Austin, TX, US
In browsing through many of the responses I was struck by the similarity to another safety issue.
Elevators used to cause the loss of arms and legs as people tried to stop doors from closing so they could catch the elevator. The manufacturers did not want to install safety features because it would make their product too expensive.
The argument was made that if they were stupid enough to stick their hands/arms/legs into the closing door of an elevator, they deserved what they got. This is the same kind of social Darwinism argument that a number of respondents made.
Lawsuits were won, governmental regulations were implemented, and elevators now have safety mechanisms and required inspections to make sure they are operational. We also no longer have news stories about people being maimed by elevators.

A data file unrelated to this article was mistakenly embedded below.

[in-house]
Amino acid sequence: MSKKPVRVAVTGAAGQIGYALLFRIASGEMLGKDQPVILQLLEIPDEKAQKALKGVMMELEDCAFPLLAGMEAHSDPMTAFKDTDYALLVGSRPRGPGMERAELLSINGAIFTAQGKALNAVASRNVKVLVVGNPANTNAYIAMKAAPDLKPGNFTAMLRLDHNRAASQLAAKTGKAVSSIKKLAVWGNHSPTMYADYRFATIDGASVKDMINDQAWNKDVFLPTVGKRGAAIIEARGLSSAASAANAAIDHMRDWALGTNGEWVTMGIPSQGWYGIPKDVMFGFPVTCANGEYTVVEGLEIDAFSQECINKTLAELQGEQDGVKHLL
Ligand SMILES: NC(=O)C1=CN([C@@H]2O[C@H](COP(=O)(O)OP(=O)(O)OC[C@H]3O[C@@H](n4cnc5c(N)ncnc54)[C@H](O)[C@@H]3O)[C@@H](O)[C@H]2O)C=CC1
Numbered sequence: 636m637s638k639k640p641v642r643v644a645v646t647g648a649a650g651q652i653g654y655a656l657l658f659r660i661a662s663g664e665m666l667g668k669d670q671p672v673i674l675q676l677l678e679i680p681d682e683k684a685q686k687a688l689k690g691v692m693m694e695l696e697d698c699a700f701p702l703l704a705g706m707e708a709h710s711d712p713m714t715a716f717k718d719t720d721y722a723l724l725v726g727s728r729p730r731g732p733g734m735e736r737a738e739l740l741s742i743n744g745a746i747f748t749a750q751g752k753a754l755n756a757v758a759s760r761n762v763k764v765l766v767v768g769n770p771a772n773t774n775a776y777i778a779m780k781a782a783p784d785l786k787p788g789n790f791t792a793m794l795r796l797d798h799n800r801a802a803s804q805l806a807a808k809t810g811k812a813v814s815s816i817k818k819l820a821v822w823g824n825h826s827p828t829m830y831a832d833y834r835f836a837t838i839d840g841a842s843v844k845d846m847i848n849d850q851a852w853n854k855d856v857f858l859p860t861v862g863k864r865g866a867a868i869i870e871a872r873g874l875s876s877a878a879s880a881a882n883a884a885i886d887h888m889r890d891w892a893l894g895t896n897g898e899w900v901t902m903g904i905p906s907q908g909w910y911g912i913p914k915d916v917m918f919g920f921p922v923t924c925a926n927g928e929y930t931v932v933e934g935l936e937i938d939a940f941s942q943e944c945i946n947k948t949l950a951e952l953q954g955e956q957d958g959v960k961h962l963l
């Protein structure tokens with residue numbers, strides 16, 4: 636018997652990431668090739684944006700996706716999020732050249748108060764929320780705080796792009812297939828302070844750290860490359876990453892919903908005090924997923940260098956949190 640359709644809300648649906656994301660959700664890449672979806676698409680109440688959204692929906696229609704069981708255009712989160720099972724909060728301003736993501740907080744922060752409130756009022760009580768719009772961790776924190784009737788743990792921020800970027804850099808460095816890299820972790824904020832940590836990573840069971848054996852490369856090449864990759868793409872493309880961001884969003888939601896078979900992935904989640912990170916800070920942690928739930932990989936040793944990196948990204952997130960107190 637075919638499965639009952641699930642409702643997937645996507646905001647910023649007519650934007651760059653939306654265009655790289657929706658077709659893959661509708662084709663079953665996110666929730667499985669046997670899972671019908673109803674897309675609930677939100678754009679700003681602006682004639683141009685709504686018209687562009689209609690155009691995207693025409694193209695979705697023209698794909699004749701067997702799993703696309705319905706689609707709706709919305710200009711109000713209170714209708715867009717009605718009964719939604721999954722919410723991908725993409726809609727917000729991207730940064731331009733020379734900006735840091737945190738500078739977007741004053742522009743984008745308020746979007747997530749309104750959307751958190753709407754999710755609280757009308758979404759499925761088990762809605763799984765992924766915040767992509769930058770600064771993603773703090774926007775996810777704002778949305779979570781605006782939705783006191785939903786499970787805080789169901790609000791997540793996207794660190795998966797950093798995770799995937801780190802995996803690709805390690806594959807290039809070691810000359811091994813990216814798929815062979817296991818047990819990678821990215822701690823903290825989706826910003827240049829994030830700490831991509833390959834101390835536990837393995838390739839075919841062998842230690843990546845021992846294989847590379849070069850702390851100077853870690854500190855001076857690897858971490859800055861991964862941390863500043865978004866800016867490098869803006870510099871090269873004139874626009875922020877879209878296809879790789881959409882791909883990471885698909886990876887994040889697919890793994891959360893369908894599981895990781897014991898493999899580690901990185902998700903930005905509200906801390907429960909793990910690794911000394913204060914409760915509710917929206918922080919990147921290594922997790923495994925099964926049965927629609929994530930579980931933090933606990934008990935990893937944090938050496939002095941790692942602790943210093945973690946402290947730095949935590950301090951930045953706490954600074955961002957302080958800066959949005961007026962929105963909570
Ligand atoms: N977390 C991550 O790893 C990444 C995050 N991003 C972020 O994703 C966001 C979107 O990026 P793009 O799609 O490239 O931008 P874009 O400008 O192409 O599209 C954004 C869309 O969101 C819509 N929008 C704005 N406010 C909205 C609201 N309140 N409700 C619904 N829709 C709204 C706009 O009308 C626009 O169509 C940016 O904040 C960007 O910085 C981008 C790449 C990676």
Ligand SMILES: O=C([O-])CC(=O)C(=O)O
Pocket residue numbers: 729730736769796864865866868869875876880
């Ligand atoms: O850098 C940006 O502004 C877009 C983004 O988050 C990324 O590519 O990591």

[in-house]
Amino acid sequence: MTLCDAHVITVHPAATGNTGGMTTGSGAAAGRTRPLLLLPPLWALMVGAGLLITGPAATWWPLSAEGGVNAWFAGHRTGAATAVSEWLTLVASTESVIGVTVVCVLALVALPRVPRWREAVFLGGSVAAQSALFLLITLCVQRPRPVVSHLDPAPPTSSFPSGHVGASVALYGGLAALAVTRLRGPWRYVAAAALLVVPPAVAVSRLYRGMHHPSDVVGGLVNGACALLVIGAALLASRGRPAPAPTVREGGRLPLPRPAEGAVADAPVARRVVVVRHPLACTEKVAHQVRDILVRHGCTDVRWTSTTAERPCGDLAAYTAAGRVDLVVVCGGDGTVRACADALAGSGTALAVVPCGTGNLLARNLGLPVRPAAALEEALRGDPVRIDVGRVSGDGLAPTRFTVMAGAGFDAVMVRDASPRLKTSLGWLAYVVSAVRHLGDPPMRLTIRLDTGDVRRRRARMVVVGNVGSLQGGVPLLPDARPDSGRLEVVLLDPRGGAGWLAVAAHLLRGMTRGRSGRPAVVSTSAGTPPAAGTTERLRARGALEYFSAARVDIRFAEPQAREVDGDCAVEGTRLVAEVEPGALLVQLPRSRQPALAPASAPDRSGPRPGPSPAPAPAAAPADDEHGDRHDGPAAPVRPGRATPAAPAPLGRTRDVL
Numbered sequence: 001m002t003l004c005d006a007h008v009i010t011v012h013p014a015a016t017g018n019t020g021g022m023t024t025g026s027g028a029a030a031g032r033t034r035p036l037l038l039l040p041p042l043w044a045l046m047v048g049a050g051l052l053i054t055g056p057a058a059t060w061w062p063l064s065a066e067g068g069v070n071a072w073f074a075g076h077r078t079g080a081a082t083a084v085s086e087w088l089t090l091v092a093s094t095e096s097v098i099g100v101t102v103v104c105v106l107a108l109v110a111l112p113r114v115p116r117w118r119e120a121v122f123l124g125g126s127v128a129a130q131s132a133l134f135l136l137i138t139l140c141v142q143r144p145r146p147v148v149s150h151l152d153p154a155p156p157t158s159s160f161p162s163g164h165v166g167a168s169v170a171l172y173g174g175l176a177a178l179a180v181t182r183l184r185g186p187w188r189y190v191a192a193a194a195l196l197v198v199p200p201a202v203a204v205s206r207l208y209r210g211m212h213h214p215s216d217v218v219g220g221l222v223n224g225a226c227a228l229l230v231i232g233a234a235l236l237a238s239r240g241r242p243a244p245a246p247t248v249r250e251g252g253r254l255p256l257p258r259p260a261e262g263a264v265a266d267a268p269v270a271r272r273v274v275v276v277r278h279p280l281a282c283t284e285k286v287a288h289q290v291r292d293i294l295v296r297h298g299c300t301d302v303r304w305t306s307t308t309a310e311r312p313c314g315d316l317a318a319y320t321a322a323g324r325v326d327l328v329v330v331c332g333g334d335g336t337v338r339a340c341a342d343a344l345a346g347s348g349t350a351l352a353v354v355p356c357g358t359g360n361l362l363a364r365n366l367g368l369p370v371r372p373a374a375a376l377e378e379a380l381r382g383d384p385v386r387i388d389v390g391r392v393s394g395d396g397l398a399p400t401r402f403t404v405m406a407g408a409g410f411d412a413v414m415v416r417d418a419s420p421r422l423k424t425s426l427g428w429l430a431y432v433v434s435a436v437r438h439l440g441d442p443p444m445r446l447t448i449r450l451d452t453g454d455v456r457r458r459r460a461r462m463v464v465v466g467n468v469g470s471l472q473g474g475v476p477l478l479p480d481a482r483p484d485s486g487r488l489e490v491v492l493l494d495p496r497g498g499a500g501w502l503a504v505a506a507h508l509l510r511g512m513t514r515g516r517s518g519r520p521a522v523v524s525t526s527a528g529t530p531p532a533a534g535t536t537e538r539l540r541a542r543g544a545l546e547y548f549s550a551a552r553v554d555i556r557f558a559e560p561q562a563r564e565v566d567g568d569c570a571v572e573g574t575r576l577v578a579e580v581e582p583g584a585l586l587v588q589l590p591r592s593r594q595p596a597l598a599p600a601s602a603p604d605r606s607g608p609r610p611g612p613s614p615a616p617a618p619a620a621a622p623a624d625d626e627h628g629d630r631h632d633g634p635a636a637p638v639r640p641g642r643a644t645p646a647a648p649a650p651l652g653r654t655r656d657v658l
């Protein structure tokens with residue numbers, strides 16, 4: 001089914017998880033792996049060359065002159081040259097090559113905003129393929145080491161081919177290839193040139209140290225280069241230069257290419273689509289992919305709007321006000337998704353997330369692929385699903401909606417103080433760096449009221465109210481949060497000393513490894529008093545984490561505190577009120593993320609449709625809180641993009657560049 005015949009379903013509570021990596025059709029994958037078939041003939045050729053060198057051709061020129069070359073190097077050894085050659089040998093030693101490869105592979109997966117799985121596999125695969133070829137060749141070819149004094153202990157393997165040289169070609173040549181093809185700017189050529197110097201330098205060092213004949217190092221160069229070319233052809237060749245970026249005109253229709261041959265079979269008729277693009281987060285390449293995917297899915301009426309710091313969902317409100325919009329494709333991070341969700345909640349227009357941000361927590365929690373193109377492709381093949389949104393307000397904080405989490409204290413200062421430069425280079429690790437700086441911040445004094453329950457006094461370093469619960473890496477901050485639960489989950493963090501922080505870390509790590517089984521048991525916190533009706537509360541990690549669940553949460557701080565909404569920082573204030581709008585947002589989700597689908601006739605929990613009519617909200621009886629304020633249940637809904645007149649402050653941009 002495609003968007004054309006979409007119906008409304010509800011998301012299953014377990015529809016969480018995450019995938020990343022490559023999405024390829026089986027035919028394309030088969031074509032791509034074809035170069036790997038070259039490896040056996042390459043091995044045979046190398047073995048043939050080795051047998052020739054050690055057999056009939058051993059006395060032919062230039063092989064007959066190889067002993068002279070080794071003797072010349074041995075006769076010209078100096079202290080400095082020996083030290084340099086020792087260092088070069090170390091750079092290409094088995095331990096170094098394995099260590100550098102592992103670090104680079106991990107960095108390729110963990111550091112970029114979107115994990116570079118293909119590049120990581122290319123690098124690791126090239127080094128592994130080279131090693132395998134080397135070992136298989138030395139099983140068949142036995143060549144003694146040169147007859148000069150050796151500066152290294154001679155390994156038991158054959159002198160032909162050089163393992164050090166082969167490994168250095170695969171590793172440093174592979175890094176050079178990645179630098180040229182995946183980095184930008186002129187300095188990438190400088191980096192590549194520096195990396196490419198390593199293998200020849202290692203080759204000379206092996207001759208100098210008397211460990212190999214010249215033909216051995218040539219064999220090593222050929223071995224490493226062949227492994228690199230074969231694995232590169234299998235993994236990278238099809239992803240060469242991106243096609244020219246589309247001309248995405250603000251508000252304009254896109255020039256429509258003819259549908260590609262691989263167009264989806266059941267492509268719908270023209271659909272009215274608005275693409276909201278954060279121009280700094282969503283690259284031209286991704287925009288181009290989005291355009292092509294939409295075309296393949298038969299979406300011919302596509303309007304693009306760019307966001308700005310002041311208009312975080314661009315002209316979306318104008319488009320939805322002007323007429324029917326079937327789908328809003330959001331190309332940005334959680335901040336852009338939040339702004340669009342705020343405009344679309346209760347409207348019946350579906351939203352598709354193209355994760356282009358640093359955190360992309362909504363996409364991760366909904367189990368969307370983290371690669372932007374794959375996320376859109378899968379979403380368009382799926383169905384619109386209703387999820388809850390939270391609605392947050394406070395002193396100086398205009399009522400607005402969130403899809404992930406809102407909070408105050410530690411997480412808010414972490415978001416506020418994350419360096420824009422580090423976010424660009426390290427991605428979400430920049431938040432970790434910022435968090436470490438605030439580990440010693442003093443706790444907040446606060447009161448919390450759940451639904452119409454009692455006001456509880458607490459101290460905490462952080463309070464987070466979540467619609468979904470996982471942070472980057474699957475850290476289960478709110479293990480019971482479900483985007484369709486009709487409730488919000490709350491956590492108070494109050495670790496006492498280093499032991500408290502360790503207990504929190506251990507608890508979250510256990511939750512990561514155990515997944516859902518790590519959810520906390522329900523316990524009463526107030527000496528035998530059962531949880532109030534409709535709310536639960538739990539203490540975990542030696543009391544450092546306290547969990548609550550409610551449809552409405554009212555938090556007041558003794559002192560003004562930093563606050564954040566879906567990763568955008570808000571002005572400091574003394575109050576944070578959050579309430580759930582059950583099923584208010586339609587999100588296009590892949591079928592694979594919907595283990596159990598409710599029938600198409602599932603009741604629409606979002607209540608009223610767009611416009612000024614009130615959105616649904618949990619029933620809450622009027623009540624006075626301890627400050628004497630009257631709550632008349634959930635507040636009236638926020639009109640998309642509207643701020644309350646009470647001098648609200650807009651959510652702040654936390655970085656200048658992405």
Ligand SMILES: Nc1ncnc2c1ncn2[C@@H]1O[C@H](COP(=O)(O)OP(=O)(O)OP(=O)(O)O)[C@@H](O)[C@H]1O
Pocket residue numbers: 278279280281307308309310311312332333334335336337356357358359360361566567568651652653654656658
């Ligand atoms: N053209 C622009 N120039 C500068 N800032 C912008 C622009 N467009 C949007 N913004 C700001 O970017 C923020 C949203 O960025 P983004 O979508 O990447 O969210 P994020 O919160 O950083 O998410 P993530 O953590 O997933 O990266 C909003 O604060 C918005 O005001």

Would adding $120 to the price of table saws affect their sales - certainly to some extent. In a cost benefit analysis is it worthwhile (bearing in mind not only the cost to the user but the cost to society of medical expenses, lost productivity, and in some cases disability payments)? Opinions may differ, but if this jury award stands, I suspect the manufacturers will alter their judgment “that safety doesn’t sell” and we will all be the safer for it.
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